by Megan Burbank
The morning the news broke that Britney Spears had a medication abortion in secret at the height of her fame, a strange thing happened: People were kind about it. As a memoir excerpt detailing the experience overwhelmed social media, I saw messages of support and appreciation for Spears, and if there was any ire, it seemed mostly directed at Justin Timberlake, Spears’ boyfriend at the time, less for his desire not to become a parent at 20, but because even knowing all she’d been through, he would go on to slut-shame Spears in what is arguably one of the grossest clout-chasing campaigns of all time.
I hope Spears saw the messages of support. After all, she’s survived, she deserves them.
But in one surprising corner of the internet, I saw messages of disappointment with what she’d said: that for Spears, who had always assumed she and Timberlake would have children eventually, if “it had been left up to me alone, I never would have done it. And yet Justin was so sure that he didn’t want to be a father” and that “To this day, it’s one of the most agonizing things I have ever experienced in my life.”
This raised concerns among some abortion rights activists that the way Spears had framed her abortion story would fuel anti-abortion efforts. A few even linked to my NPR reporting on The Turnaway Study in an effort to show that most people don’t regret their abortions. (Never mind that The Turnaway Study measures something slightly different — emotional and economic outcomes as they differ among people who had abortions and those who were denied treatment.)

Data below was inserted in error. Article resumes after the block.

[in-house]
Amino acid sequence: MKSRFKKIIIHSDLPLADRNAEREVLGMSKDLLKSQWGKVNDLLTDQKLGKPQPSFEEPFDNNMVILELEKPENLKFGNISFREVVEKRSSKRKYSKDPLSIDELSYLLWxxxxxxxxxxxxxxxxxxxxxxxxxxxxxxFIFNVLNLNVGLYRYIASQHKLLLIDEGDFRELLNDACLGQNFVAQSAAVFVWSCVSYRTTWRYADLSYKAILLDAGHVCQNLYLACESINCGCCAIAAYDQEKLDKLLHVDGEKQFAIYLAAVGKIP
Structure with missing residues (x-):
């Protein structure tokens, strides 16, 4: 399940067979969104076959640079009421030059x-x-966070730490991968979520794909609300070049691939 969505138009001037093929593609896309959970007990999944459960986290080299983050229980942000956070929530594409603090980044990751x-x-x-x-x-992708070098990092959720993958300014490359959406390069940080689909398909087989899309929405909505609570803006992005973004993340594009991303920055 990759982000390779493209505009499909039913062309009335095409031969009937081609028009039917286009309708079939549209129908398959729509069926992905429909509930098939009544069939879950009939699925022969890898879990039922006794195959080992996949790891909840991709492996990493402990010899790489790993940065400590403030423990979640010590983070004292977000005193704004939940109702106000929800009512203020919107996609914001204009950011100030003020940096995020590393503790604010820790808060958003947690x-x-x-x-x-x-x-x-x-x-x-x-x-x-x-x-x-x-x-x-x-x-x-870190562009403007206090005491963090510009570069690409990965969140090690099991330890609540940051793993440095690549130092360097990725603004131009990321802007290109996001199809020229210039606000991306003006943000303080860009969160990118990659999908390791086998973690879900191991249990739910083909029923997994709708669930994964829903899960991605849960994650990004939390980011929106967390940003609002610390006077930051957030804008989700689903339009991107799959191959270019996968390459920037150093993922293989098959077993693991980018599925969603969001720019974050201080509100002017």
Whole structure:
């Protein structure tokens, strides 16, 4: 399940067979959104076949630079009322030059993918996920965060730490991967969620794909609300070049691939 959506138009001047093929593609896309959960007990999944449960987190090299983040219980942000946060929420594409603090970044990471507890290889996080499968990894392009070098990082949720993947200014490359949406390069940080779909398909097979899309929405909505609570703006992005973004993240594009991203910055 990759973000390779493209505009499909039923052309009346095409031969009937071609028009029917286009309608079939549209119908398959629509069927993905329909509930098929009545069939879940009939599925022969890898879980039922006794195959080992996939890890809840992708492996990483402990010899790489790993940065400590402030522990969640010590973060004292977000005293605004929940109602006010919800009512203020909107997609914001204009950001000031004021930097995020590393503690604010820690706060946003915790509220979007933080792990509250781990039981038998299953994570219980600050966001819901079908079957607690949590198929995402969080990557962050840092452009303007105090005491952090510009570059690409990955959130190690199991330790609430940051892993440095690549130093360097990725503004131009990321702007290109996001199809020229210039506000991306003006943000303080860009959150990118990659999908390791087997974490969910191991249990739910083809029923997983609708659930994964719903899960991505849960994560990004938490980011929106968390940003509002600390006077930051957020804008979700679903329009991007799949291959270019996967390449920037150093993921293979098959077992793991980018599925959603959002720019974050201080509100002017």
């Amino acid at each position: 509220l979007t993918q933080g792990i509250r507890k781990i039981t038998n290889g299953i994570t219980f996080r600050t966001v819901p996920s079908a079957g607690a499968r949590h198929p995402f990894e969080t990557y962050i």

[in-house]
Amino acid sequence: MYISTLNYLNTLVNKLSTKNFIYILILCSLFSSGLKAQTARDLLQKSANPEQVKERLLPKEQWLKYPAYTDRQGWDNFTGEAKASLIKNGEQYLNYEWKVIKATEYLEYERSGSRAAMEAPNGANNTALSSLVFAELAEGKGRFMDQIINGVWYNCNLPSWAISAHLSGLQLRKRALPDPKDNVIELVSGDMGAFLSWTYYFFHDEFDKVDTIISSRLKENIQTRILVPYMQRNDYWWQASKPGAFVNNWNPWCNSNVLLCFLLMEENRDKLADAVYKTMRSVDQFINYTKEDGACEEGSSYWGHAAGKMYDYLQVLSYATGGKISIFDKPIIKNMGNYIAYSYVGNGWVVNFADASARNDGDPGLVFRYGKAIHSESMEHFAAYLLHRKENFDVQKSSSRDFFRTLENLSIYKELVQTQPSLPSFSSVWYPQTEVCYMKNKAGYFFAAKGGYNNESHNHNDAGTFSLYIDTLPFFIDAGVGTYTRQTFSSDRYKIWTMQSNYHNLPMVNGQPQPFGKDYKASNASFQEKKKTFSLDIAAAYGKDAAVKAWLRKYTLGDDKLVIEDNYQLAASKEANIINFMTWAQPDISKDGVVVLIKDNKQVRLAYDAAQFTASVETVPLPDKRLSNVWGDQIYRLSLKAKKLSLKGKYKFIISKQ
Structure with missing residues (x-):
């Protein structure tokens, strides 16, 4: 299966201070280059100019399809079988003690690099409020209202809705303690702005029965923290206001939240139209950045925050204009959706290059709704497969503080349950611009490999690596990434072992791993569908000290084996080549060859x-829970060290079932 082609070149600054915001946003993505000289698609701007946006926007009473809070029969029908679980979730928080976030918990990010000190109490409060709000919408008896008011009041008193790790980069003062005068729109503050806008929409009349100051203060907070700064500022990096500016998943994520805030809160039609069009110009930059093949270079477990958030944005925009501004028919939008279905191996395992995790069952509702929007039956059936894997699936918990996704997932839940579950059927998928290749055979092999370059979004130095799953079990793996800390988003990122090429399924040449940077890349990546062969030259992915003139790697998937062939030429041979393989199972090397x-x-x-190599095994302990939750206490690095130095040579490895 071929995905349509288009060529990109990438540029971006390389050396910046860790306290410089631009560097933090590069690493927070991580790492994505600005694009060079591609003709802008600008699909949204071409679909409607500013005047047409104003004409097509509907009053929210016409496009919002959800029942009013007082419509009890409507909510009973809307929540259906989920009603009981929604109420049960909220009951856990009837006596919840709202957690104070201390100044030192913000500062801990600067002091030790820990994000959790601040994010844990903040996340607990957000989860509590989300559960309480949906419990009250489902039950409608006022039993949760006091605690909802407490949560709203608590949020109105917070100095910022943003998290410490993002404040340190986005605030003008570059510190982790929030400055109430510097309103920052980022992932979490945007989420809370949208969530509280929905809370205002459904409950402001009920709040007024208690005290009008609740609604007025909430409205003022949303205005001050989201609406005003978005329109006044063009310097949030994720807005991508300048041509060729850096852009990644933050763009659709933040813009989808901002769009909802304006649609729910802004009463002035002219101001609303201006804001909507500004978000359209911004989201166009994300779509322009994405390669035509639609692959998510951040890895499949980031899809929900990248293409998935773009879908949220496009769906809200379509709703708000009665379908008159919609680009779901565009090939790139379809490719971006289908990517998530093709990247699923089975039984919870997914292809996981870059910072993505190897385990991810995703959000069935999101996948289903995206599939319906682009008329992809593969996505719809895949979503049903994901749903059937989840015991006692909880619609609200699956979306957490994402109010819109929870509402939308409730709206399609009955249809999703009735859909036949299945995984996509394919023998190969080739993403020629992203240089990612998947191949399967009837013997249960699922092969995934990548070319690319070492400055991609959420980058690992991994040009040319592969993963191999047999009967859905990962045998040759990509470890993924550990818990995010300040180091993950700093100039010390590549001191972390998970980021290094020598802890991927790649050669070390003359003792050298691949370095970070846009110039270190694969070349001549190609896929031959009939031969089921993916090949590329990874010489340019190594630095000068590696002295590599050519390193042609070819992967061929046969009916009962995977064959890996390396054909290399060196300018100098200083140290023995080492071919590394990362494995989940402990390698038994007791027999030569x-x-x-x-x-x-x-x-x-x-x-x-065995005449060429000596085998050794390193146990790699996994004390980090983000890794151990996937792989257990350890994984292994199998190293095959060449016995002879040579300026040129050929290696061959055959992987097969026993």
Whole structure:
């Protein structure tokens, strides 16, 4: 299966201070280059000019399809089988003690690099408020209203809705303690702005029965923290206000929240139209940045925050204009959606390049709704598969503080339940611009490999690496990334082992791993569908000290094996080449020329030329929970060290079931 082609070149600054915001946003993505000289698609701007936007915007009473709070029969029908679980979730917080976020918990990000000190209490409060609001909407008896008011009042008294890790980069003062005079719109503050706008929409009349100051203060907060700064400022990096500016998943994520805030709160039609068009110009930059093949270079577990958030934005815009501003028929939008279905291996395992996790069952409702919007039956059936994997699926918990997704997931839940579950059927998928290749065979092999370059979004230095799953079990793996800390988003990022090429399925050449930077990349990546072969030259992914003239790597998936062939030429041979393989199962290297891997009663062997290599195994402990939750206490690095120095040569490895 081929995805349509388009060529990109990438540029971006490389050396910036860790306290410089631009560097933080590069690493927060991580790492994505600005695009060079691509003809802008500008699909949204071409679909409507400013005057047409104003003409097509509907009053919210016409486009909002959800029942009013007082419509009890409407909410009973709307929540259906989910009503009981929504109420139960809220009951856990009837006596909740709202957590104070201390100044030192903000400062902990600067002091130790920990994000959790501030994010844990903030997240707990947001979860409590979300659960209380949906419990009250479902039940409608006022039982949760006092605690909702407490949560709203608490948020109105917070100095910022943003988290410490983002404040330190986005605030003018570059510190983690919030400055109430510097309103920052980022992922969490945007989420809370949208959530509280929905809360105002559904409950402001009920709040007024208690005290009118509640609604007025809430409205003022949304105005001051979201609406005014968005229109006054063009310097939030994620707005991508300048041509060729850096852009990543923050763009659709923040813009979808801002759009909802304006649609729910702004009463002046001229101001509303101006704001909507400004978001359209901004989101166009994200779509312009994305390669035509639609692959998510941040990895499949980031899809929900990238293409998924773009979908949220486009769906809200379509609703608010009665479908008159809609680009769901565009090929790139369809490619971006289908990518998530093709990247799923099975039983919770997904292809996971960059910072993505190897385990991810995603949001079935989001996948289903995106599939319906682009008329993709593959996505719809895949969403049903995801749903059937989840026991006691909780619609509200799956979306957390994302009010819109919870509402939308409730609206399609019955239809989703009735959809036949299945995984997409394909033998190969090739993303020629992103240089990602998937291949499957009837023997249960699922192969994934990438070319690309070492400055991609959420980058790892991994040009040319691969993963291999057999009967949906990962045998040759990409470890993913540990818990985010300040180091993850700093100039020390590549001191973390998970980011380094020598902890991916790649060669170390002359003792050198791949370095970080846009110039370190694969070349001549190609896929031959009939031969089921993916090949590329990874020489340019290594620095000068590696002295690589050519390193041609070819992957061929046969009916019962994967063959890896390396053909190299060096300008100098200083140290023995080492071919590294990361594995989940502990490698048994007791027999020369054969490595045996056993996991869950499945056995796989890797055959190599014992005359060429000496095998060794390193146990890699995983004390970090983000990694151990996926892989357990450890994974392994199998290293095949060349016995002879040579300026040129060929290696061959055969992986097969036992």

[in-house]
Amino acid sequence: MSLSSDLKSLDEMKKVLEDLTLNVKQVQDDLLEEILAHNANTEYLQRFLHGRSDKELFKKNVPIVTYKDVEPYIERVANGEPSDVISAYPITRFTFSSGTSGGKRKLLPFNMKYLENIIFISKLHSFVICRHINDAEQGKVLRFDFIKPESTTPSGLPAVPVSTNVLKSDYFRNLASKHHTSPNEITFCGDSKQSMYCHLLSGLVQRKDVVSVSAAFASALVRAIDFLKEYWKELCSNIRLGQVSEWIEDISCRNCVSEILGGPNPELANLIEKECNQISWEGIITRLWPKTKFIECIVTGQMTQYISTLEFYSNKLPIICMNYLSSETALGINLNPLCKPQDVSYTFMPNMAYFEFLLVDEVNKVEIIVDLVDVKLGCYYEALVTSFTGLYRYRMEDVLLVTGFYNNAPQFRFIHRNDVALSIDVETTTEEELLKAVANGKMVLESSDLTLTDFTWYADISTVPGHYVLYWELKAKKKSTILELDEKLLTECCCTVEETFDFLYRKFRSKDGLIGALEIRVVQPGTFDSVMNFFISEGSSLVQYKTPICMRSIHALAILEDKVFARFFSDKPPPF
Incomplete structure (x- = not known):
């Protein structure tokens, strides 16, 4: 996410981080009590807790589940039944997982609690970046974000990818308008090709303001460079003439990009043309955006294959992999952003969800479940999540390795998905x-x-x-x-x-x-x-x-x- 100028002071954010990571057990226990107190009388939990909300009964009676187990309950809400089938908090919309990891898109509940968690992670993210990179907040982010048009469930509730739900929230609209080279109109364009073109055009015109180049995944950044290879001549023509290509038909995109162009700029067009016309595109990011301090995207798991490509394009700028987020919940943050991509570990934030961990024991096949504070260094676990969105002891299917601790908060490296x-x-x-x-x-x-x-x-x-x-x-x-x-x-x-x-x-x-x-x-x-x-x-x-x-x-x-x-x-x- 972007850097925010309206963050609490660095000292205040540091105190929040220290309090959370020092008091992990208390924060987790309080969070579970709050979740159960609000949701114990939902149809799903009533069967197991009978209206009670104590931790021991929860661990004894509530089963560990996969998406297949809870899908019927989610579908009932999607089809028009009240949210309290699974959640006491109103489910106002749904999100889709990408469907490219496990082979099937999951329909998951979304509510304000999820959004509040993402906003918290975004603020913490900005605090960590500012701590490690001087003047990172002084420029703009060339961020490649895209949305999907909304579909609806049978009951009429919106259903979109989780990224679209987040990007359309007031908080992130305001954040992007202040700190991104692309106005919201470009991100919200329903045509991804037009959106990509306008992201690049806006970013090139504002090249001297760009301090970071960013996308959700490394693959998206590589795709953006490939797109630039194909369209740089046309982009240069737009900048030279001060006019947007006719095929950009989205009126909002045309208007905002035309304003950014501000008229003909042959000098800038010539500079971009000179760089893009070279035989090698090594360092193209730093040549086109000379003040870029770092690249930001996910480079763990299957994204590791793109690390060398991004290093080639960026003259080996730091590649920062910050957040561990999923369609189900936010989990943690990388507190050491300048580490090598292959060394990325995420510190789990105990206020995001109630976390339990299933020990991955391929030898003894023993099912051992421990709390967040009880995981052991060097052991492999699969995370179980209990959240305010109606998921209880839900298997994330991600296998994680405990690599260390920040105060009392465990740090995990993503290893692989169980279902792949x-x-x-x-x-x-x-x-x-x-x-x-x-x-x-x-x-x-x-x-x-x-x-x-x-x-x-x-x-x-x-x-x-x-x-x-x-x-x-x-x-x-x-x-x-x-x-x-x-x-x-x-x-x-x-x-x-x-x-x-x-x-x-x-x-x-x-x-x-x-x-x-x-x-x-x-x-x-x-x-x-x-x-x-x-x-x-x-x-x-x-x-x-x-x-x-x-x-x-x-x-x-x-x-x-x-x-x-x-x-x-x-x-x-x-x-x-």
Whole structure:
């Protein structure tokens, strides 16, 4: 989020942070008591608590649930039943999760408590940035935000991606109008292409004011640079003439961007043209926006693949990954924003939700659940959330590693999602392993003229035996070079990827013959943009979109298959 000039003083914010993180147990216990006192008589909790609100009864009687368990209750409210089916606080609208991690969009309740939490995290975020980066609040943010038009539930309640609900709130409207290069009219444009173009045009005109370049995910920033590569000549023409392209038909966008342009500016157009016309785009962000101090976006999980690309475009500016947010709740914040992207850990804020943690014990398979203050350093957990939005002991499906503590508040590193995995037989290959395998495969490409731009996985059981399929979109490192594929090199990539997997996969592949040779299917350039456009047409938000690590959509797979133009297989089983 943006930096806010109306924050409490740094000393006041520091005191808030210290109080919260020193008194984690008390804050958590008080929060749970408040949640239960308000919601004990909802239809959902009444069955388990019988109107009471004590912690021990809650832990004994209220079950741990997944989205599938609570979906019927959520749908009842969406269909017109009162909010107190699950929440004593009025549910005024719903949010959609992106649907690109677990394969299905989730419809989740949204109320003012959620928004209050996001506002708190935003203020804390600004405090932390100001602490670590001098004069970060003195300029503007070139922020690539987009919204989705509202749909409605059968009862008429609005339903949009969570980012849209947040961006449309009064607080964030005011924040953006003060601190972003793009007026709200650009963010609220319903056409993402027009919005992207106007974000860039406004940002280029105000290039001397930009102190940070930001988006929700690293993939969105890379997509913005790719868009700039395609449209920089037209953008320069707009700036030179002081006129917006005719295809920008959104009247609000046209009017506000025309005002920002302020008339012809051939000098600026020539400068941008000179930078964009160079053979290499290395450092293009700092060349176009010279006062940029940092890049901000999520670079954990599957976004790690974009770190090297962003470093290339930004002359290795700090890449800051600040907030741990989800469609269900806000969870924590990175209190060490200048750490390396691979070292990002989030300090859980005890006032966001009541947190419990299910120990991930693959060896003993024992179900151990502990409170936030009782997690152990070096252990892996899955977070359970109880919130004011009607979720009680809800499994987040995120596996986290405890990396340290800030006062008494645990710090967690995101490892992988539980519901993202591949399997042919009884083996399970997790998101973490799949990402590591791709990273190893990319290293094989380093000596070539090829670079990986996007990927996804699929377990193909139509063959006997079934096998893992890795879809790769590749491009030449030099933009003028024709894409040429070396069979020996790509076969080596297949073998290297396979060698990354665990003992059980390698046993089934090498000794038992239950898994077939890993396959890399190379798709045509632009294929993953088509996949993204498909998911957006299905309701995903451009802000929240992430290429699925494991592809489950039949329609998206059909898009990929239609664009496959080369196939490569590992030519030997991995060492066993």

It was jarring to see my work deployed in this way, as some kind of gotcha against Spears’ decision to share her own experience of having an abortion. It got me thinking about the kinds of abortion stories that are acceptable to share, and the strange binary that’s been imposed on these most personal stories by the political climate we’re currently living in. Because abortion access is a deeply urgent issue and abortion stigma is such a problem, it’s an unqualified good thing when people feel comfortable sharing their experiences with abortion. The admirable goal of groups like Shout Your Abortion is to destigmatize abortion, making it possible to share abortion stories in a way that feels normal, safe, and free of shame.